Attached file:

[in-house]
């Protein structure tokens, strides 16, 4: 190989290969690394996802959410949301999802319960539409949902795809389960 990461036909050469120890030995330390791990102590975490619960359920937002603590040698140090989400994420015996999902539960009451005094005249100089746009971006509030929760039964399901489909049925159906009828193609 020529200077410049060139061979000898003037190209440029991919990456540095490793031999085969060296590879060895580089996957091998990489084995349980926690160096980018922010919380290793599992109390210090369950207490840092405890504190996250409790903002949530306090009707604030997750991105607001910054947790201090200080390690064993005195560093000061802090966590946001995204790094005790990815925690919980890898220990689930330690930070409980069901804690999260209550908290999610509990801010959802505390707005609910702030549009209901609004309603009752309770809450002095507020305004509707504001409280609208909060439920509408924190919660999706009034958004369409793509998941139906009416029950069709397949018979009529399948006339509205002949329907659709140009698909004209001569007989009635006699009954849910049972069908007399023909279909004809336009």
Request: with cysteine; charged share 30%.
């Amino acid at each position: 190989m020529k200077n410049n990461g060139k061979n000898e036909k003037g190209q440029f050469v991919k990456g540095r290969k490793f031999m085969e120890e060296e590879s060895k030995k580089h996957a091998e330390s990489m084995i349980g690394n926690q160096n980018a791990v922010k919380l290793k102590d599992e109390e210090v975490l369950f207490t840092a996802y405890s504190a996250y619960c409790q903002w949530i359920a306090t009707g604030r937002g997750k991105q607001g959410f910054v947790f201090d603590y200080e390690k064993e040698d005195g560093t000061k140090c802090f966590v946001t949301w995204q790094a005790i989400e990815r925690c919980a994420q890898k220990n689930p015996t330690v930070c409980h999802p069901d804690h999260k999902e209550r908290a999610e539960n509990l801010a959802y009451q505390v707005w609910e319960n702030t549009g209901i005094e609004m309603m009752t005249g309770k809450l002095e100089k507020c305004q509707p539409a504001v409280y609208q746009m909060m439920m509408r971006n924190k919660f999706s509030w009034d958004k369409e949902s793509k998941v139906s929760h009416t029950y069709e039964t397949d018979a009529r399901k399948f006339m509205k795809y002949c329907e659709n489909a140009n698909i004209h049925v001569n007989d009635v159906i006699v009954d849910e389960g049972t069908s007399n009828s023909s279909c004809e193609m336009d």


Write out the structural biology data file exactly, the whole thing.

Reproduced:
[in-house]
């Protein structure tokens, strides 16, 4: 190989290969690394996802959410949301999802319960539409949902795809389960 990461036909050469120890030995330390791990102590975490619960359920937002603590040698140090989400994420015996999902539960009451005094005249100089746009971006509030929760039964399901489909049925159906009828193609 020529200077410049060139061979000898003037190209440029991919990456540095490793031999085969060296590879060895580089996957091998990489084995349980926690160096980018922010919380290793599992109390210090369950207490840092405890504190996250409790903002949530306090009707604030997750991105607001910054947790201090200080390690064993005195560093000061802090966590946001995204790094005790990815925690919980890898220990689930330690930070409980069901804690999260209550908290999610509990801010959802505390707005609910702030549009209901609004309603009752309770809450002095507020305004509707504001409280609208909060439920509408924190919660999706009034958004369409793509998941139906009416029950069709397949018979009529399948006339509205002949329907659709140009698909004209001569007989009635006699009954849910049972069908007399023909279909004809336009």
Request: with cysteine; charged share 30%.
């Amino acid at each position: 190989m020529k200077n410049n990461g060139k061979n000898e036909k003037g190209q440029f050469v991919k990456g540095r290969k490793f031999m085969e120890e060296e590879s060895k030995k580089h996957a091998e330390s990489m084995i349980g690394n926690q160096n980018a791990v922010k919380l290793k102590d599992e109390e210090v975490l369950f207490t840092a996802y405890s504190a996250y619960c409790q903002w949530i359920a306090t009707g604030r937002g997750k991105q607001g959410f910054v947790f201090d603590y200080e390690k064993e040698d005195g560093t000061k140090c802090f966590v946001t949301w995204q790094a005790i989400e990815r925690c919980a994420q890898k220990n689930p015996t330690v930070c409980h999802p069901d804690h999260k999902e209550r908290a999610e539960n509990l801010a959802y009451q505390v707005w609910e319960n702030t549009g209901i005094e609004m309603m009752t005249g309770k809450l002095e100089k507020c305004q509707p539409a504001v409280y609208q746009m909060m439920m509408r971006n924190k919660f999706s509030w009034d958004k369409e949902s793509k998941v139906s929760h009416t029950y069709e039964t397949d018979a009529r399901k399948f006339m509205k795809y002949c329907e659709n489909a140009n698909i004209h049925v001569n007989d009635v159906i006699v009954d849910e389960g049972t069908s007399n009828s023909s279909c004809e193609m336009d």